Cervical LAP frequently represents a transient response of lymphatic tissue to a benign local or generalized infection, but it can also rarely be caused by other more significant pathology such as malignancy. The most common cause of cervical LAP in children is reactive hyperplasia secondary to known or unknown infectious agents (12). A systematic review of 2687 cervical LAP in paediatric patients showed that the most common cause was nonspecific benign etiology occurring at a rate of 67.8% (13). In another study, Indolfi et al. (14). reported that among 392 paediatric patients with head and neck LAP, 220 patients (56.1%) had a history of infection and 101 patients (24.9%) nonspesific reactive lymphadenitis. Similarly, we found that nonspecific lymphadenitis was the most common cause of cervical LAP.

Bacterial infections resulting in cervical LAP range from aerobic and anaerobic to mycobacterial infections. The most commonly reported microorganisms isolated from suppurative cervical LAP are Staphylococcus aureus, followed by group A streptococcus (Streptococcus pyogenes) and anaerobic bacteria (12,15). Indolfi et al. (14) reported that the most frequently isolated pathogen was S. pyogenes in 31 patients (22.9%), followed by S. aureus in 10 patients (7.4%). In accordance with the previous reports, the most commonly isolated pathogen in our study was S. aureus. S. viridans was the second most common microorganism. Compared with other studies, we detected a higher incidence of S. viridans. The reason for this can be explained by the high number of patients with dental caries.

Many viruses, including EBV, may cause a self-limited and uncomplicated cervical LAP in children. In large cohort studies with paediatric patients, rate of cervical LAP caused by EBV was reported as 15% Abdel-Aziz et al. (7), 8.8%, % by Deosthali et al. (13) and 32.7% by Sarsu et al. (16) In addition, Bozlak et al. (9) and Indolfi et al. (14) demonstrated that EBV was responsible for 27% and 29.6 of infectious causes of cervical LAP, respectively. A cross-sectional study by Bilal JA conducted on 82 children with cervical LAP reported that EBV infection was diagnosed in 13 (15.9%) patients (17). These different rates can be caused by different study designs, including different geographic regions and age groups. In our study, EBV infection was serologically diagnosed in 30 (17.1%) patients with cervical LAP.

Determining diagnostic pathway for patients with cervical LAP is difficult because of broad differential diagnoses. The differential diagnosis of cervical LAP includes many viral infectious diseases such as EBV infection. Some symptoms and findings may guide the differential diagnosis. A recent history of upper respiratory tract infection, dental caries and fluctuation suggest a reactive process (18,19). Weight loss, lymph nodes more than 2.5 cm in size being hard and fixed to the underlying tissue, multiple sites of LAP have been associated with a higher risk of malignancy (20-23). We think that determining clinical and laboratory predictors of EBV may be helpful to differential diagnosis and prevent unnecessary investigations and medical procedures. In this study, we found that WBC, lymphocyte count, liver enzymes, prevalence of fever, tonsillopharyngitis and hepato/splenomegaly were significantly higher and LAP size was significantly larger in children with cervical LAP caused by EBV than the other aetiologies. These results are similar to previous studies conducted on children with cervical LAP (7,17,24-27). When patients have these symptoms or findings, a serologic assay for EBV may be warranted to help with the diagnostic evaluation on the first step.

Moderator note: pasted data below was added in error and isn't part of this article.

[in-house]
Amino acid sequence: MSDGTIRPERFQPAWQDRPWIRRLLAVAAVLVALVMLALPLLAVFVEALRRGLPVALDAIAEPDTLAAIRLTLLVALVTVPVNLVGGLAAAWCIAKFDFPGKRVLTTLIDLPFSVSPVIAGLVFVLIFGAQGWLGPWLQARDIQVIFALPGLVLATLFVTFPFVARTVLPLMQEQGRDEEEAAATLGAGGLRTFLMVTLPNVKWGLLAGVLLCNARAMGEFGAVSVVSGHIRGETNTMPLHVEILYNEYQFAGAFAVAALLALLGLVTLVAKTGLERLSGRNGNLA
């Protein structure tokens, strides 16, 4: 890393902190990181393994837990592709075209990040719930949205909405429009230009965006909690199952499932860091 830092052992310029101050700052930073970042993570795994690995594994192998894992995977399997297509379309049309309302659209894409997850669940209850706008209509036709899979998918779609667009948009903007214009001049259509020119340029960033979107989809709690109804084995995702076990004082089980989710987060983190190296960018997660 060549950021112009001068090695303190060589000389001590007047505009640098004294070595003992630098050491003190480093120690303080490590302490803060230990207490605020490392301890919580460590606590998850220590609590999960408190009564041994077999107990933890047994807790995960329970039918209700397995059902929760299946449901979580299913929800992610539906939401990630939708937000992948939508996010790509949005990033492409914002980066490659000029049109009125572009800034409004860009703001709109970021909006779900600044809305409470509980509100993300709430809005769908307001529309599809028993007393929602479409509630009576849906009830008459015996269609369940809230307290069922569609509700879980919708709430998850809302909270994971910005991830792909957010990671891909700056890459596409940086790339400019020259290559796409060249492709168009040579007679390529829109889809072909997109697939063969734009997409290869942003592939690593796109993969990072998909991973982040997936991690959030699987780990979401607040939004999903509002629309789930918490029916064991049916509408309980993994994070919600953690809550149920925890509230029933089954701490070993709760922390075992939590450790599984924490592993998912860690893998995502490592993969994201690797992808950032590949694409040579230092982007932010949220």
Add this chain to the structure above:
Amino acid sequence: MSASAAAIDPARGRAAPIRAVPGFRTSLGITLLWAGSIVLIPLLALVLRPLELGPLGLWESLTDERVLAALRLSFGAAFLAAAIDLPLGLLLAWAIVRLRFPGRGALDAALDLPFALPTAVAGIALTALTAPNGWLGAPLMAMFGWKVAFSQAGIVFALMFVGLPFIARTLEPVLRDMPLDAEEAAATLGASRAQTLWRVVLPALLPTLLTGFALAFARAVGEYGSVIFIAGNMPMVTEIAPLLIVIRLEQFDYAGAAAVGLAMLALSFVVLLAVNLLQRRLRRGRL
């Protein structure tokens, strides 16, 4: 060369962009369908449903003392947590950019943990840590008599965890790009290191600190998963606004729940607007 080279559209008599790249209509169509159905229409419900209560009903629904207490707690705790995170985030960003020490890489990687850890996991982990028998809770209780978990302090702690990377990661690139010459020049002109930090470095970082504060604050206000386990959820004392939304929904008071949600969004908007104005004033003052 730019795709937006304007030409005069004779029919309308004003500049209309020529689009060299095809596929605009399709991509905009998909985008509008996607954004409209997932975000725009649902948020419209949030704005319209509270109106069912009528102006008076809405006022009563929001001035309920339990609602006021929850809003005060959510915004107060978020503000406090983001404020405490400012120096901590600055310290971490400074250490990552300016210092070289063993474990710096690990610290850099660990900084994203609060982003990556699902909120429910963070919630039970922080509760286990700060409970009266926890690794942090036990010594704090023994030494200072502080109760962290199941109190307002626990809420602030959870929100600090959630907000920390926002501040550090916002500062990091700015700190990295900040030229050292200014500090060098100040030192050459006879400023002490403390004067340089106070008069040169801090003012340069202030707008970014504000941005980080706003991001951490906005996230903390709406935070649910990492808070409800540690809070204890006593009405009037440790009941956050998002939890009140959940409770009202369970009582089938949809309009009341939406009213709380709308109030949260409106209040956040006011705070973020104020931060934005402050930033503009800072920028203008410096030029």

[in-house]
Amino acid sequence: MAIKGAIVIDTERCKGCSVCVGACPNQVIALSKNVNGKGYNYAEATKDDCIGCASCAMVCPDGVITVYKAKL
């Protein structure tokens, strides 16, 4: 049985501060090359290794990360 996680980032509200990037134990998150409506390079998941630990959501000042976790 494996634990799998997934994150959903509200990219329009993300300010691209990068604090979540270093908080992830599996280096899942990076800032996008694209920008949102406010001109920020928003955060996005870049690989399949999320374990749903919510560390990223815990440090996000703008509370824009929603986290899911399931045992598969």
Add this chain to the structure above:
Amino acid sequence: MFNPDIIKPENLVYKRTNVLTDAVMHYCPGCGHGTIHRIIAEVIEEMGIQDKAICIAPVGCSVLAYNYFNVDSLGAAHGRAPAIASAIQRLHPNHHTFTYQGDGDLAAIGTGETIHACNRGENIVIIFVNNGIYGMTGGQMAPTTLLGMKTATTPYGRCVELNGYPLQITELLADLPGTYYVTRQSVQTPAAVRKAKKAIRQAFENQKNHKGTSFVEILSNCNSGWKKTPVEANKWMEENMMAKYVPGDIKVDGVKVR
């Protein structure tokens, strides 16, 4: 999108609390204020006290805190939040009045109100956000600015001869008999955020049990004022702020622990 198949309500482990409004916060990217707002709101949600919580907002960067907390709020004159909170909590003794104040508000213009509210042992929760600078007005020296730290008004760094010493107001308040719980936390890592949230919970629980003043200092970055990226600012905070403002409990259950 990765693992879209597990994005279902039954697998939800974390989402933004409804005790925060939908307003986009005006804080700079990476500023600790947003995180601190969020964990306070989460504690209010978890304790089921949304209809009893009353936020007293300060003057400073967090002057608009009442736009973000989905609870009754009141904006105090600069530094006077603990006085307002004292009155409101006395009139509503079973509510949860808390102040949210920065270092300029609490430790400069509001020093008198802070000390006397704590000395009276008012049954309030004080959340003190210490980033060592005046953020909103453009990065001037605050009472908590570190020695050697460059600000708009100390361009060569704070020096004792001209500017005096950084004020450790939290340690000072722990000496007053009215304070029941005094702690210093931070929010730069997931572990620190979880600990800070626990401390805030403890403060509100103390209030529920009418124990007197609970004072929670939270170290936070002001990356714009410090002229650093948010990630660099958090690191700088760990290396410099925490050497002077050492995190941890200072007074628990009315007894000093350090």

Study Limitations

The important limitations of this study were its retrospective, single-center design and relatively small sample size.


Our study determined that there were independent association between fever, elevated WBC, lymphocyte count, lymph node size and cervical LAP caused by EBV infection. The presence of these features may be warning sign for EBV and serological tests for EBV specific IgM and IgG antibodies can take place in the first step for differential diagnosis in these patients.

Authorship Contributions

Concept: N.Y., E.K., Design: N.Y., E.K., Data Collection or Processing: N.Y., Analysis or Interpretation: N.Y., E.K., Literature Search: N.Y., Writing: N.Y., E.K.

Conflict of Interest: The authors declare that they have no conflict of interest.

Financial Disclosure: No financial support was received.